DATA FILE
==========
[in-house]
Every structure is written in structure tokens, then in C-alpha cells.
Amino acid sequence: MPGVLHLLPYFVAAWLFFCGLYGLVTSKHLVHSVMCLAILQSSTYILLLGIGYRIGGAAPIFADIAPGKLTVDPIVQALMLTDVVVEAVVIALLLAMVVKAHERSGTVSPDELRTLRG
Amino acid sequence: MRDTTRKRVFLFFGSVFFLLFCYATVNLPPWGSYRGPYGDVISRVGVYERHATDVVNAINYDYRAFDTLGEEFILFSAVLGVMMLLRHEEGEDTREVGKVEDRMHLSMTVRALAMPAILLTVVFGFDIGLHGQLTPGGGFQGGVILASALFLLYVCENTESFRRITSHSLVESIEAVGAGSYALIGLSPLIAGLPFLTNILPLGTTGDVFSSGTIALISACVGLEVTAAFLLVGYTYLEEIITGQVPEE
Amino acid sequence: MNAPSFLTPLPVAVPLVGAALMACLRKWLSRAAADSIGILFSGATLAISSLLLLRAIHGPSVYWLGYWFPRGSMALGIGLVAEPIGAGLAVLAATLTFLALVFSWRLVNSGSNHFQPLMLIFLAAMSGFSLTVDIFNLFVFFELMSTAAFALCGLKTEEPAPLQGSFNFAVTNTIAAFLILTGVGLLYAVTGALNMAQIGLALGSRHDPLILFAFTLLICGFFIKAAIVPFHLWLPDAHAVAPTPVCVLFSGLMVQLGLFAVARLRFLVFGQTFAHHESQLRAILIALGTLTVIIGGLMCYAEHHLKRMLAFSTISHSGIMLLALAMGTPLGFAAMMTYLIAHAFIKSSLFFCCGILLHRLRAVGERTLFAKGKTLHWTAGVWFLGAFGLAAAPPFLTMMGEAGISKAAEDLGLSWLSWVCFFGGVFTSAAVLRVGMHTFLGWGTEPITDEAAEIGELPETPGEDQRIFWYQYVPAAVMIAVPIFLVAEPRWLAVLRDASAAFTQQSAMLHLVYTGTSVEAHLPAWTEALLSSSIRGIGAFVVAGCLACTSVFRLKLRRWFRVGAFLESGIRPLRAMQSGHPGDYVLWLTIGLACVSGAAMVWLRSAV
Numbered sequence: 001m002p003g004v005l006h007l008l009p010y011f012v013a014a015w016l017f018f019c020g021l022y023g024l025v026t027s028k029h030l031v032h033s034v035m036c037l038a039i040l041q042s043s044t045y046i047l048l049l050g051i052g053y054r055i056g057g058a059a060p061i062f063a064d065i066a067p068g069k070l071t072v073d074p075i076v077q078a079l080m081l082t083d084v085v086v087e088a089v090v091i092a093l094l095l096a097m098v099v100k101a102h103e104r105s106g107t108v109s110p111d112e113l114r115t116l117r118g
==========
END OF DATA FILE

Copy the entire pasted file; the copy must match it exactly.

[in-house]
Every structure is written in structure tokens, then in C-alpha cells.
Amino acid sequence: MPGVLHLLPYFVAAWLFFCGLYGLVTSKHLVHSVMCLAILQSSTYILLLGIGYRIGGAAPIFADIAPGKLTVDPIVQALMLTDVVVEAVVIALLLAMVVKAHERSGTVSPDELRTLRG
Amino acid sequence: MRDTTRKRVFLFFGSVFFLLFCYATVNLPPWGSYRGPYGDVISRVGVYERHATDVVNAINYDYRAFDTLGEEFILFSAVLGVMMLLRHEEGEDTREVGKVEDRMHLSMTVRALAMPAILLTVVFGFDIGLHGQLTPGGGFQGGVILASALFLLYVCENTESFRRITSHSLVESIEAVGAGSYALIGLSPLIAGLPFLTNILPLGTTGDVFSSGTIALISACVGLEVTAAFLLVGYTYLEEIITGQVPEE
Amino acid sequence: MNAPSFLTPLPVAVPLVGAALMACLRKWLSRAAADSIGILFSGATLAISSLLLLRAIHGPSVYWLGYWFPRGSMALGIGLVAEPIGAGLAVLAATLTFLALVFSWRLVNSGSNHFQPLMLIFLAAMSGFSLTVDIFNLFVFFELMSTAAFALCGLKTEEPAPLQGSFNFAVTNTIAAFLILTGVGLLYAVTGALNMAQIGLALGSRHDPLILFAFTLLICGFFIKAAIVPFHLWLPDAHAVAPTPVCVLFSGLMVQLGLFAVARLRFLVFGQTFAHHESQLRAILIALGTLTVIIGGLMCYAEHHLKRMLAFSTISHSGIMLLALAMGTPLGFAAMMTYLIAHAFIKSSLFFCCGILLHRLRAVGERTLFAKGKTLHWTAGVWFLGAFGLAAAPPFLTMMGEAGISKAAEDLGLSWLSWVCFFGGVFTSAAVLRVGMHTFLGWGTEPITDEAAEIGELPETPGEDQRIFWYQYVPAAVMIAVPIFLVAEPRWLAVLRDASAAFTQQSAMLHLVYTGTSVEAHLPAWTEALLSSSIRGIGAFVVAGCLACTSVFRLKLRRWFRVGAFLESGIRPLRAMQSGHPGDYVLWLTIGLACVSGAAMVWLRSAV
Numbered sequence: 001m002p003g004v005l006h007l008l009p010y011f012v013a014a015w016l017f018f019c020g021l022y023g024l025v026t027s028k029h030l031v032h033s034v035m036c037l038a039i040l041q042s043s044t045y046i047l048l049l050g051i052g053y054r055i056g057g058a059a060p061i062f063a064d065i066a067p068g069k070l071t072v073d074p075i076v077q078a079l080m081l082t083d084v085v086v087e088a089v090v091i092a093l094l095l096a097m098v099v100k101a102h103e104r105s106g107t108v109s110p111d112e113l114r115t116l117r118g